E-mailing & E-mail Etiquette

BMH Durban lecturer, Julia Sutherland, provides  excellent advice and pointers on writing professional e-mails and e-mail etiquette.

mail contact

E-mail is an important communication tool within both the personal and professional context (that includes your college career) :

  • It is immediate.
  • Messages can be saved for later review.
  • Messages can be forwarded on, in their original form, to other recipients.
  • It is a means of sharing documentation easily and collaborating on projects without having to meet face-to-face.
  • It is flexible in that you can send both formal and informal messages.

There are many disadvantages to e-mail communication too though:

  • It is easy to misunderstand someone without the usual non-verbal cues we get from face-to-face communication.
  • E-mails are often less formal than other forms of communication, thus an e-mail sender is more likely to write something that they would not ordinarily say in a face-to-face conversation and which may cause offense.
  • It’s also easy to click the “send” button too early or to send a message to the wrong recipient.

Drafting an E-mail

Whatever the topic, e-mails require careful consideration when being drafted which is why you need to ensure that you follow the Five C’s:

  • Be clear
  • Be courteous
  • Be correct
  • Be concise
  • Be complete 

Unlike a formal business letter, you do not need to format an e-mail with an address etc. There are however certain structural rules you need to keep in mind:

  • Add the e-mail address last.
  • Always include a subject line but keep it short and informative 
  • Open with a simple but appropriate greeting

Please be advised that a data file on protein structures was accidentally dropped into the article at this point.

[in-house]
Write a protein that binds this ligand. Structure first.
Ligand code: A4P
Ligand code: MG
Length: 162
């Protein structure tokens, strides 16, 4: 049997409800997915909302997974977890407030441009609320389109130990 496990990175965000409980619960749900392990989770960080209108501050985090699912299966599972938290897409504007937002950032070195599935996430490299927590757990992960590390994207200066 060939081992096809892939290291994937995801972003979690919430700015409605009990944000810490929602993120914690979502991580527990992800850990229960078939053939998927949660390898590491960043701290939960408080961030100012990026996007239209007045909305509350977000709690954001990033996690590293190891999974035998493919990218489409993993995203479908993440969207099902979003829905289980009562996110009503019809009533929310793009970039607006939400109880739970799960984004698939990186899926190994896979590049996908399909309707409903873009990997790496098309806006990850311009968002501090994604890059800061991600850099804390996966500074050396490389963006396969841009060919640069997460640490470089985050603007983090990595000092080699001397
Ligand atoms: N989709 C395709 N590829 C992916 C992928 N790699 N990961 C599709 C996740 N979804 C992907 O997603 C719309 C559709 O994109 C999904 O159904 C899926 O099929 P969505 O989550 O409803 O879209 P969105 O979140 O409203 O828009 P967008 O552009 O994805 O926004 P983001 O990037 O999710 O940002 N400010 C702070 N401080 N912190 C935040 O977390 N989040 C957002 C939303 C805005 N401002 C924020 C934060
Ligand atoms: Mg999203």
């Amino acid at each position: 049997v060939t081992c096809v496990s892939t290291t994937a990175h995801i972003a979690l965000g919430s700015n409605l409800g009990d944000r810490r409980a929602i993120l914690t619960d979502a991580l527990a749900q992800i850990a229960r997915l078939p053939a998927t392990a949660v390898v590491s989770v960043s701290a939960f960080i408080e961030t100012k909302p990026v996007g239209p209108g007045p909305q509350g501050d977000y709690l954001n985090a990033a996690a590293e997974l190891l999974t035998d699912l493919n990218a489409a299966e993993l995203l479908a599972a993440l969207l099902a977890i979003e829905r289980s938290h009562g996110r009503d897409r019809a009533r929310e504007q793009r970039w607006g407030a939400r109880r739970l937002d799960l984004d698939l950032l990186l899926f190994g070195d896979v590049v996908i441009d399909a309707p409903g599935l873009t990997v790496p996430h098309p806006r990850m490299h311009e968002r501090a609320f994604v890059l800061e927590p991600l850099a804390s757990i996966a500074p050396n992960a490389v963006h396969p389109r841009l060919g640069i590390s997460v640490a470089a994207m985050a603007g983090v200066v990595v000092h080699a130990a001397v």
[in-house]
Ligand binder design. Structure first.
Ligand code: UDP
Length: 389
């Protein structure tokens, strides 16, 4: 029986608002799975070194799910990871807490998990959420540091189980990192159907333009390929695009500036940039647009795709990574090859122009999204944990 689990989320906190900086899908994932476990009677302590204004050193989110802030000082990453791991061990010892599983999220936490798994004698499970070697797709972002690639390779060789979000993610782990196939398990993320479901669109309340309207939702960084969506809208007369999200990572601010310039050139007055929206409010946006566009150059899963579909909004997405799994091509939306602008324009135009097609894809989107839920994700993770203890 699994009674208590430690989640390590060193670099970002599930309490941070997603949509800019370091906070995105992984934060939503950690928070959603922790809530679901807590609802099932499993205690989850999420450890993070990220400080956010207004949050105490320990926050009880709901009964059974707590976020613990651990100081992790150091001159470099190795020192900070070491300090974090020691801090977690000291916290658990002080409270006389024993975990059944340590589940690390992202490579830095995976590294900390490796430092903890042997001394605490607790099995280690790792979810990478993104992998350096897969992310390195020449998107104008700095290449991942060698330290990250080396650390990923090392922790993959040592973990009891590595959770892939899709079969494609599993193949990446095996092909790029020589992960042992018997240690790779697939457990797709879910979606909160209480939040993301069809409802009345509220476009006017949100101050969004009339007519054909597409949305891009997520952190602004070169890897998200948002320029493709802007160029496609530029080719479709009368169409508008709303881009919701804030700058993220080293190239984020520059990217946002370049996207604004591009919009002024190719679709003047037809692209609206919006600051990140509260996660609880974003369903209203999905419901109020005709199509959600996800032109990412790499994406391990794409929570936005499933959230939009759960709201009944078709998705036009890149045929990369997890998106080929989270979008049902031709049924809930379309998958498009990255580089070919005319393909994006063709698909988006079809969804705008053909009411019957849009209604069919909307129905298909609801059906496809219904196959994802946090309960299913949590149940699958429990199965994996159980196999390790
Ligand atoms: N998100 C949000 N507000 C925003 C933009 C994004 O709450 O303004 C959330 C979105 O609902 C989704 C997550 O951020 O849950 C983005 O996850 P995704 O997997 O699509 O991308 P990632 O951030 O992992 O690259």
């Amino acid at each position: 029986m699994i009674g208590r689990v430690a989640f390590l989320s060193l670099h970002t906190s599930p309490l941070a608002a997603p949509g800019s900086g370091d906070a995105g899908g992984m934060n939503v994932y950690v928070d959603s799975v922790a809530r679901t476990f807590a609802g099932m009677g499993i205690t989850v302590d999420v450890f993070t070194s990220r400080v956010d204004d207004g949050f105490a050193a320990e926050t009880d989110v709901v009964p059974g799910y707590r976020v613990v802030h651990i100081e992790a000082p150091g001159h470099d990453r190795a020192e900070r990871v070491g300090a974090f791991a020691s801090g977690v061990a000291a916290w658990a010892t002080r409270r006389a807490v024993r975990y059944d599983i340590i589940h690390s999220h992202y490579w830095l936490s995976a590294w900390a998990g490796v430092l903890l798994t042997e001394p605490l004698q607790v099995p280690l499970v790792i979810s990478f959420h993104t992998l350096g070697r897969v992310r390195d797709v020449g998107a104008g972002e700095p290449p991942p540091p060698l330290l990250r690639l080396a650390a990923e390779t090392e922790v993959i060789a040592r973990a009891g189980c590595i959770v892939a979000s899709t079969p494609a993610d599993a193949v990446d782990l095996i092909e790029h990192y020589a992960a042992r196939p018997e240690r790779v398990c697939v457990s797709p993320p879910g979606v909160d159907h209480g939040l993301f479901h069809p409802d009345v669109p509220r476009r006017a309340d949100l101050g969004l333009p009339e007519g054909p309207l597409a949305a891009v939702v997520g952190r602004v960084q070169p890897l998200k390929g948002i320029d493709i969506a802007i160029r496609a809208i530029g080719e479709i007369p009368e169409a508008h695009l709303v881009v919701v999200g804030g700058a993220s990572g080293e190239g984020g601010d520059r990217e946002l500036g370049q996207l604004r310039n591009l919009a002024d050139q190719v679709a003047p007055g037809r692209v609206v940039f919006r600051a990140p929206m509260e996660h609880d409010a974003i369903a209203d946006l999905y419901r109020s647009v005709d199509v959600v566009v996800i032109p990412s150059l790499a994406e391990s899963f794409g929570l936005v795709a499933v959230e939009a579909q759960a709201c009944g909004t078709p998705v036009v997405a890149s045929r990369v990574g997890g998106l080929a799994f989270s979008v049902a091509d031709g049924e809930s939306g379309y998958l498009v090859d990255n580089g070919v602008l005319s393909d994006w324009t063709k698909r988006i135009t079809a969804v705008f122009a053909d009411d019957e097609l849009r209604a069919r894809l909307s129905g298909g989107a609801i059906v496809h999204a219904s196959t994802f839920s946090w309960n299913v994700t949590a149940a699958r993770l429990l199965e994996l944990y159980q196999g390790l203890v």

• Keep the body of the e-mail short and use paragraphs to divide up the information – the same as you would do in an essay: one paragraph for one topic.
  • Your tone should be friendly, positive and professional. Remember: e-mails can be forwarded and work inboxes are not private.
  • Invite a brief response, if necessary.
  • Include an attachment, if necessary, but never send an attachment on its own without any subject line or communication explaining its context.
  • End with a complimentary close.
  • PAUSE BEFORE SENDINGproof read (spelling, grammar, punctuation, details such as times, dates etc.) and make sure you have included everything that is necessary.


E-mail Etiquette

  • Only use industry jargon if the other person is familiar with the jargon.
  • Do not, under any circumstances, use SMS or text speak (e.g. “u” instead of “you”)
  • Get to the point quickly, don’t be too conversational.
  • Do not use ALL CAPS – this means you are shouting.
  • Always address someone specific – don’t just launch into the body of the e-mail without a proper greeting / introduction.
  • Do not demand, always ask (e.g. “Please may I have a copy…” vs. “I want a copy…”)
  • “Please” and “Thank You” are magical words.
  • Avoid using exclamation marks!!!!!!
  • Use a professional e-mail address (e.g. joe.s@gmail.com vs. joe-the-man@gmail.com)
  • Be cautious with humour.
  • Think before hitting: “reply to all” and / or “cc” – use these sparingly.
  • Do not use causal salutations (e.g. Dear Jane vs. Hey Jane)
  • Respond to incoming e-mails as soon as possible.
  • Do not forget to proof read.


Using the correct e-mail etiquette will result in:

  • The reader receiving all the information they need, enabling them to respond or proceed accordingly.
  • The reader not being irritated and / or offended by your e-mail as this may affect their actions / response.
  • The reader taking you seriously.



Shober, D. (2013). Essential Business Communication – Communicating with a vision (2nd ed.). Pretoria: Van Schaik Publishers.

Smith, J. & Giang, V. (2014, September 3). 11 Email Etiquette Rules Every Professional Should Know. Retrieved from: http://www.businessinsider.com/email-etiquette-rules-everyone-should-know-2014-9